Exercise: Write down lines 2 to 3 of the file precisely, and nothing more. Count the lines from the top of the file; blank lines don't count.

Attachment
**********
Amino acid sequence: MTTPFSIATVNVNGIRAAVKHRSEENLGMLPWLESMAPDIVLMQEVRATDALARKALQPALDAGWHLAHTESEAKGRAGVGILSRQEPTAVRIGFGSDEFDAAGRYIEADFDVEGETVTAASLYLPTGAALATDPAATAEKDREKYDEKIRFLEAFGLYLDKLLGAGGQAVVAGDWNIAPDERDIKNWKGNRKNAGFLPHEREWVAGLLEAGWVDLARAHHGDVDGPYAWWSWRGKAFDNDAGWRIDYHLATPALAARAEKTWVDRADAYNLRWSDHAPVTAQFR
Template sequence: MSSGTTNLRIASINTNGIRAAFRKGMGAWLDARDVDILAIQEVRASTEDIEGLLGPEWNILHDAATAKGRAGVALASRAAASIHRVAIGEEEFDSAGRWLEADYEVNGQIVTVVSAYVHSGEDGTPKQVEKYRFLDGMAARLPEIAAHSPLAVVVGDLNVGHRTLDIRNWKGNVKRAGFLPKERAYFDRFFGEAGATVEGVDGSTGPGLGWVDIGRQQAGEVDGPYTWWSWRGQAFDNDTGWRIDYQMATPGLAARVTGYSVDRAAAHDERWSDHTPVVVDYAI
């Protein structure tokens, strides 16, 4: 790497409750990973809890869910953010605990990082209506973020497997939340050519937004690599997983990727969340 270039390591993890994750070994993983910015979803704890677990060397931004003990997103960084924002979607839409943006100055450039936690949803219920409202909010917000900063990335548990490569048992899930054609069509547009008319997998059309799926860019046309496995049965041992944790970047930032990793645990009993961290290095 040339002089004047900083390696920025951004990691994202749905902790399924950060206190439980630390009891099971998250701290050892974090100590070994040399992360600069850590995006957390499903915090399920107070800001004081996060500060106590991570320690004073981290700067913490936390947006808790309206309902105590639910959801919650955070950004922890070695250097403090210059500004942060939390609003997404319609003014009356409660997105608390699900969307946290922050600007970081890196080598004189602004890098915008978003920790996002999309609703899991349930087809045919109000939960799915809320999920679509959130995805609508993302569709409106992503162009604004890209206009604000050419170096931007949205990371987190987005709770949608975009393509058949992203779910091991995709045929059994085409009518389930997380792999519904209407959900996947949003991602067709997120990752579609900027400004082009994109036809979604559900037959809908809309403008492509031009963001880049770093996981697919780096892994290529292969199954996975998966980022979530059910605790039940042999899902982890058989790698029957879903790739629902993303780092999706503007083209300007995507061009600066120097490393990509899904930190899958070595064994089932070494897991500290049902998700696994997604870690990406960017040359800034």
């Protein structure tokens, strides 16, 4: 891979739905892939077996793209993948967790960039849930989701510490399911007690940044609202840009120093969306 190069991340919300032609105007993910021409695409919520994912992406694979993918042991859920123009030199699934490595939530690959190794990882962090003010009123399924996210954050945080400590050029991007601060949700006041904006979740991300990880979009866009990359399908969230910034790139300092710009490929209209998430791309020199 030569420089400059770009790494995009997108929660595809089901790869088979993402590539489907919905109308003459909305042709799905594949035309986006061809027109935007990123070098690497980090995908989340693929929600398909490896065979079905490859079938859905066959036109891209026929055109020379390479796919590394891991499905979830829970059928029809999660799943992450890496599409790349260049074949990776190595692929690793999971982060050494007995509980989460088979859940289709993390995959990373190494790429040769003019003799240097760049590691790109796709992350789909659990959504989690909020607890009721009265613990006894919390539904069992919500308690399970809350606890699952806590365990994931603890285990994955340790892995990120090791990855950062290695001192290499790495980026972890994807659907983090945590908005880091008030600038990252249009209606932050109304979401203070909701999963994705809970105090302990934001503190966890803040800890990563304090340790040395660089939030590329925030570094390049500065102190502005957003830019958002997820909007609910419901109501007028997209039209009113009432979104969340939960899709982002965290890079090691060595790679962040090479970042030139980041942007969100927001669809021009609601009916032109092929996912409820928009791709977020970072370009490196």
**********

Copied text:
Template sequence: MSSGTTNLRIASINTNGIRAAFRKGMGAWLDARDVDILAIQEVRASTEDIEGLLGPEWNILHDAATAKGRAGVALASRAAASIHRVAIGEEEFDSAGRWLEADYEVNGQIVTVVSAYVHSGEDGTPKQVEKYRFLDGMAARLPEIAAHSPLAVVVGDLNVGHRTLDIRNWKGNVKRAGFLPKERAYFDRFFGEAGATVEGVDGSTGPGLGWVDIGRQQAGEVDGPYTWWSWRGQAFDNDTGWRIDYQMATPGLAARVTGYSVDRAAAHDERWSDHTPVVVDYAI
């Protein structure tokens, strides 16, 4: 790497409750990973809890869910953010605990990082209506973020497997939340050519937004690599997983990727969340 270039390591993890994750070994993983910015979803704890677990060397931004003990997103960084924002979607839409943006100055450039936690949803219920409202909010917000900063990335548990490569048992899930054609069509547009008319997998059309799926860019046309496995049965041992944790970047930032990793645990009993961290290095 040339002089004047900083390696920025951004990691994202749905902790399924950060206190439980630390009891099971998250701290050892974090100590070994040399992360600069850590995006957390499903915090399920107070800001004081996060500060106590991570320690004073981290700067913490936390947006808790309206309902105590639910959801919650955070950004922890070695250097403090210059500004942060939390609003997404319609003014009356409660997105608390699900969307946290922050600007970081890196080598004189602004890098915008978003920790996002999309609703899991349930087809045919109000939960799915809320999920679509959130995805609508993302569709409106992503162009604004890209206009604000050419170096931007949205990371987190987005709770949608975009393509058949992203779910091991995709045929059994085409009518389930997380792999519904209407959900996947949003991602067709997120990752579609900027400004082009994109036809979604559900037959809908809309403008492509031009963001880049770093996981697919780096892994290529292969199954996975998966980022979530059910605790039940042999899902982890058989790698029957879903790739629902993303780092999706503007083209300007995507061009600066120097490393990509899904930190899958070595064994089932070494897991500290049902998700696994997604870690990406960017040359800034």